While the launch of the AfCFTA, planned for the beginning of July, is now on hold due to the effect of Covid-19, most acknowledge the postponement is unlikely to hinder the implementation of the agreement in the long run.
The EU has been positive about AfCFTA from the beginning and is one of its main supporters. It has noted that it will have contributed €72.5m to the implementation of AfCFTA by the end of 2020. The EU has many of its own free-trade agreements in place around the world, and as such is considered to be a natural partner to support the AU in AfCFTA’s implementation.
It has also assisted in the negotiations and with technical expertise and studies. Because of its experience in this area, the EU is the obvious partner to help with, for example, the practicalities around the harmonisation of the classification of goods and the schedules on tariff concessions.
The implementation of AfCFTA is also expected to offer a wider platform on which to develop Africa’s digital economy. African ICT in general remains underdeveloped due to poor access to electricity, infrastructure and low broadband penetration, but demand is increasing and there is a growing reliance of African consumers on technology across multiple platforms.
As such, the EU-AU Digital Economy Task Force was launched in 2018 to work on pillars of connectivity, e-skills, digital entrepreneurship and e-services in Africa. Its recommendations were presented in 2019 with the aim of guiding EU support on creating a single digital market in Africa, and these recommendations were recently incorporated into the AU’s digital transformation strategy for Africa.
To further drive digital transformation, the Africa-Europe Innovation Partnership was launched in 2019 to help synergise African and European innovation ecosystems by connecting incubators and accelerators, fostering technology transfer and enhancing capacity building. The partnership operates under the premise that “innovation happens when people from different backgrounds and perspectives blend together”.
The extent of Africa’s power deficit must also be addressed and increasing electricity generation, whether on-grid or off-grid, is the focus of a number of initiatives. Access to energy is a challenge in Africa and the African Development Bank's New Deal on Energy for Africa has set as its target universal access to electricity across Africa by 2025.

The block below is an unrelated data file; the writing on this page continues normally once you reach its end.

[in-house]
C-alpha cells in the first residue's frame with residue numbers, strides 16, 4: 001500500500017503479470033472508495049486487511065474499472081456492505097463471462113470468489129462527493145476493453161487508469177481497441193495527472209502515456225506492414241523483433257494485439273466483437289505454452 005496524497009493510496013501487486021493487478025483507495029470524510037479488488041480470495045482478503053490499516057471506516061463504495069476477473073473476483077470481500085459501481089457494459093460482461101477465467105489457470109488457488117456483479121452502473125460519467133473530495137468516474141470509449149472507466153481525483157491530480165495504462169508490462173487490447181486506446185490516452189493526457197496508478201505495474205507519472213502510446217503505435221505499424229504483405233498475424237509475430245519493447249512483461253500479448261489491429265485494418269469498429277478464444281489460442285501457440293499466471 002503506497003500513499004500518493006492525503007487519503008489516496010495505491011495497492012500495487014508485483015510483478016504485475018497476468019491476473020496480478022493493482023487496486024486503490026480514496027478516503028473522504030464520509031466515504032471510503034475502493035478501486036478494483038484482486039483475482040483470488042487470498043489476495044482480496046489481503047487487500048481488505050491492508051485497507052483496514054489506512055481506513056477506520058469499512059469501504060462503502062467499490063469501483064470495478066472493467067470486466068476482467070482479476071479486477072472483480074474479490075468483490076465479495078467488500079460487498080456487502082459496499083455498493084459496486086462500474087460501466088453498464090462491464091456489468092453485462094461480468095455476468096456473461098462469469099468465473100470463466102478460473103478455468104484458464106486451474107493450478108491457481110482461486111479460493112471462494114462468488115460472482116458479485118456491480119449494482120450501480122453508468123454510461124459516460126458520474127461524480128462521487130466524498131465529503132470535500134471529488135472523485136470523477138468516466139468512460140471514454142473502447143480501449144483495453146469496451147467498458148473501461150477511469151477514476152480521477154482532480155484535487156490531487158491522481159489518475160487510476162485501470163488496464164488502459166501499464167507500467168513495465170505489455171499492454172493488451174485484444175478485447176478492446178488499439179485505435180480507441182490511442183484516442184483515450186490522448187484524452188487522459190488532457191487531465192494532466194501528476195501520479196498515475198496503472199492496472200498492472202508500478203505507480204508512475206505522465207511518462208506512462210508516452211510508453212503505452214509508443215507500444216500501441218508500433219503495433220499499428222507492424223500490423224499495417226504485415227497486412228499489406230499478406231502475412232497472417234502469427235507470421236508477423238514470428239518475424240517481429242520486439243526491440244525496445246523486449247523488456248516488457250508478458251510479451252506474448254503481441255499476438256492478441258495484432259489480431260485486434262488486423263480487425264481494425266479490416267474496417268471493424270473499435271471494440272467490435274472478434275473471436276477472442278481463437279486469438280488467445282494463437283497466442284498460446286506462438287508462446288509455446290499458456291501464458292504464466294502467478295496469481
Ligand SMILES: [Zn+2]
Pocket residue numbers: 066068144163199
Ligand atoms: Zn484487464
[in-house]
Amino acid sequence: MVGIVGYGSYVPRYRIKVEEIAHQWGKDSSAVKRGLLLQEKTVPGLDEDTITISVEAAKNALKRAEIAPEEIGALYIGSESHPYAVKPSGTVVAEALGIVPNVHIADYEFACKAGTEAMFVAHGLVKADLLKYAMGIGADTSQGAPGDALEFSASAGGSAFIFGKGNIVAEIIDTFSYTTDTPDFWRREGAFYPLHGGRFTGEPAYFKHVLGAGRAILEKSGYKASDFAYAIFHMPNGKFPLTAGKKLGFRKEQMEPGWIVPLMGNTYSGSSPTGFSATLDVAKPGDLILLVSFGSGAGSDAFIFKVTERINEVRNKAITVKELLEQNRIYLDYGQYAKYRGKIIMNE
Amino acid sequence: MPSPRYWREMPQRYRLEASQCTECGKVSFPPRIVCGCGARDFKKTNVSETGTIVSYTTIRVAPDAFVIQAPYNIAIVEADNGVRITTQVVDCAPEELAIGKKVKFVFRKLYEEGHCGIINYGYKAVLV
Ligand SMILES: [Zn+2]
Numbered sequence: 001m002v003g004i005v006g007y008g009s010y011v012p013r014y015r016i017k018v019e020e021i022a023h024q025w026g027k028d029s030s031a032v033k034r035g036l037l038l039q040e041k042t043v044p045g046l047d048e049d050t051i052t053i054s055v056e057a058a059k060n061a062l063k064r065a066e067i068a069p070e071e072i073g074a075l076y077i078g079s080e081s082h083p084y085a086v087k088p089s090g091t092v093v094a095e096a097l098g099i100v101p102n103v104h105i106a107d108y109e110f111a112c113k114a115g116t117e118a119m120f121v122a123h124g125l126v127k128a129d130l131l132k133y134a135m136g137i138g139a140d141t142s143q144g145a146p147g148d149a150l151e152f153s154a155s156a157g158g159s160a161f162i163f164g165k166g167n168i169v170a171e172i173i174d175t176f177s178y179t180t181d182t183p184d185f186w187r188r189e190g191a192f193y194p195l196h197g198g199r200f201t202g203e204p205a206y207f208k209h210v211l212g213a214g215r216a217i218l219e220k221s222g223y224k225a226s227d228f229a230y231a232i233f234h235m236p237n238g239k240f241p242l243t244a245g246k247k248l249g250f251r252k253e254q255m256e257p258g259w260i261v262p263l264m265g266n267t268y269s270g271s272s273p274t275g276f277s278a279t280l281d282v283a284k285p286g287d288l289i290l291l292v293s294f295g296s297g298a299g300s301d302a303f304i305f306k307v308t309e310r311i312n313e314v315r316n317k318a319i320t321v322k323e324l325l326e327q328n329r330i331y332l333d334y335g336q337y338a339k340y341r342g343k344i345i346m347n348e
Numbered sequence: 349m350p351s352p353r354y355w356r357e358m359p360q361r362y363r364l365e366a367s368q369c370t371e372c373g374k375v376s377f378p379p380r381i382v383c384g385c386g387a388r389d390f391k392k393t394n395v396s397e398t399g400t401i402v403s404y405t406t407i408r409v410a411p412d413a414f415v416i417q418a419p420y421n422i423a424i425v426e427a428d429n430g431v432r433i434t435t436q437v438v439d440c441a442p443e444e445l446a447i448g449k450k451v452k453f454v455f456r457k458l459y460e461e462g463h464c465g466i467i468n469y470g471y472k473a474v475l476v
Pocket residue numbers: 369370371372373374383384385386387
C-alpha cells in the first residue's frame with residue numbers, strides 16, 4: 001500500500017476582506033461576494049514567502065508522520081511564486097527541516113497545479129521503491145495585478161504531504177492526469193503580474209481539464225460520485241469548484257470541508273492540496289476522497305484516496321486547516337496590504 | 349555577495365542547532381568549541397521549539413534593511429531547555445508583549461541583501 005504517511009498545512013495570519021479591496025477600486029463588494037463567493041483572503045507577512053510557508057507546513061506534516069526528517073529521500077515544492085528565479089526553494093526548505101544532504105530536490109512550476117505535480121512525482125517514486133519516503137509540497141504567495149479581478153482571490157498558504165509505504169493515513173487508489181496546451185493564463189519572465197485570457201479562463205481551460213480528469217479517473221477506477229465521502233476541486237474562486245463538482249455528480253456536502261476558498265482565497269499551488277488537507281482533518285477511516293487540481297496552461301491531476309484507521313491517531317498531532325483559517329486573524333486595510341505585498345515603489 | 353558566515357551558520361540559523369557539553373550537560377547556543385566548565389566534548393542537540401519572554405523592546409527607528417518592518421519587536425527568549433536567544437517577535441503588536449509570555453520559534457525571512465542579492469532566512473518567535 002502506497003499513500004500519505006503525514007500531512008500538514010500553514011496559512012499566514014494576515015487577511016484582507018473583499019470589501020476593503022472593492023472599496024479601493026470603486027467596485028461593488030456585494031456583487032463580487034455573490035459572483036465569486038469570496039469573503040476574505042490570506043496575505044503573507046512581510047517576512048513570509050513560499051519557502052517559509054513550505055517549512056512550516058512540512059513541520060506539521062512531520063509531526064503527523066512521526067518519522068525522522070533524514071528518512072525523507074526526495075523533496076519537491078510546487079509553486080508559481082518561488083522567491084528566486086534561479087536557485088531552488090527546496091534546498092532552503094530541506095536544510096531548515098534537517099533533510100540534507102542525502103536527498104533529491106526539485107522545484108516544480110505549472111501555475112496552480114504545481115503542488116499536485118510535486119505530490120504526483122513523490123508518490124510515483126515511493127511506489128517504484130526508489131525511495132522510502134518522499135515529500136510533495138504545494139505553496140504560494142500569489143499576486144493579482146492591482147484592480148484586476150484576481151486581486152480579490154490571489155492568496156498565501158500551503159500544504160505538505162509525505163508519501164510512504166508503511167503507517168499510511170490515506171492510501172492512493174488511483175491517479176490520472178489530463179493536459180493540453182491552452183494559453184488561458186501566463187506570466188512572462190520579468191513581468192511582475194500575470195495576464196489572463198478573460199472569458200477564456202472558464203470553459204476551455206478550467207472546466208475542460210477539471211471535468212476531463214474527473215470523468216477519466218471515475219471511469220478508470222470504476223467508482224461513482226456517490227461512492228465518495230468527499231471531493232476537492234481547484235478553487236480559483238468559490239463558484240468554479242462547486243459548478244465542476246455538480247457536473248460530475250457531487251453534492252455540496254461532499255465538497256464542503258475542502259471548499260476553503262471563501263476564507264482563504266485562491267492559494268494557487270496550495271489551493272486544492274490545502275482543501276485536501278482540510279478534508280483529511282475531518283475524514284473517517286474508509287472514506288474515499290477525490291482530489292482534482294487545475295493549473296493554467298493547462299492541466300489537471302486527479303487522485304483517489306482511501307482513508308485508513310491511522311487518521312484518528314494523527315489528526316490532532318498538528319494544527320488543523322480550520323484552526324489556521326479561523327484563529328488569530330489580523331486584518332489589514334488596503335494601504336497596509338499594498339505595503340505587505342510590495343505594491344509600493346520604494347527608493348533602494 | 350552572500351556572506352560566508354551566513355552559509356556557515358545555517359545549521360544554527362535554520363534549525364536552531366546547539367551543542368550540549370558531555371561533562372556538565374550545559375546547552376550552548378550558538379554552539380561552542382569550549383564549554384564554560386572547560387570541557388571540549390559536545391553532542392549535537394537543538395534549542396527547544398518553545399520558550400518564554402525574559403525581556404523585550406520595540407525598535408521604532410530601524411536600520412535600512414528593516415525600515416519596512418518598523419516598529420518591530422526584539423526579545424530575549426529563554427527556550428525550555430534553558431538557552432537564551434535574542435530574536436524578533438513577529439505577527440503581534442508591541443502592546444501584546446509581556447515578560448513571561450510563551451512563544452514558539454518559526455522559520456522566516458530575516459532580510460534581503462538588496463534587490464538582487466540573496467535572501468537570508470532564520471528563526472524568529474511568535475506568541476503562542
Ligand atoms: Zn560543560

According to AfDB, to achieve this 160GW of new on-grid generation and some 75-million new off-grid connections will be needed, through a mix of conventional and renewable energy sources. Initiatives by the EU, Power Africa and other multilateral and development finance institutions have already played a role.
The EU and Africa have partnered on addressing Africa’s access to power for some time. The Africa-EU Energy Partnership was established in 2007 as a framework for strategic dialogue between the two regions and was aimed at sharing knowledge, setting priorities and developing joint programmes on the key energy issues and challenges.
In 2019, recommendations for speeding up investments in the energy sector in Africa and stimulating sustainable growth and job creation were presented at the annual meeting of the Africa-Europe High Level Platform on Sustainable Energy Investments. The group issued recommendations on areas such as policy and regulations, project implementation, financing, capacity-building, distribution, transmission and generation, power pools, energy efficiency and clean cooking.
The EU’s Africa strategy outlines the evolution of an exciting new global partnership that has been years in the making. Where there has been a tendency in some parts of the world to build barriers and turn inwards to solve problems, this newly strengthened, collaborative relationship highlights the fact that global challenges, whatever they may be, can be much more successfully resolved together, rather than alone.
• Du Plessis is head of Africa at Baker McKenzie Johannesburg.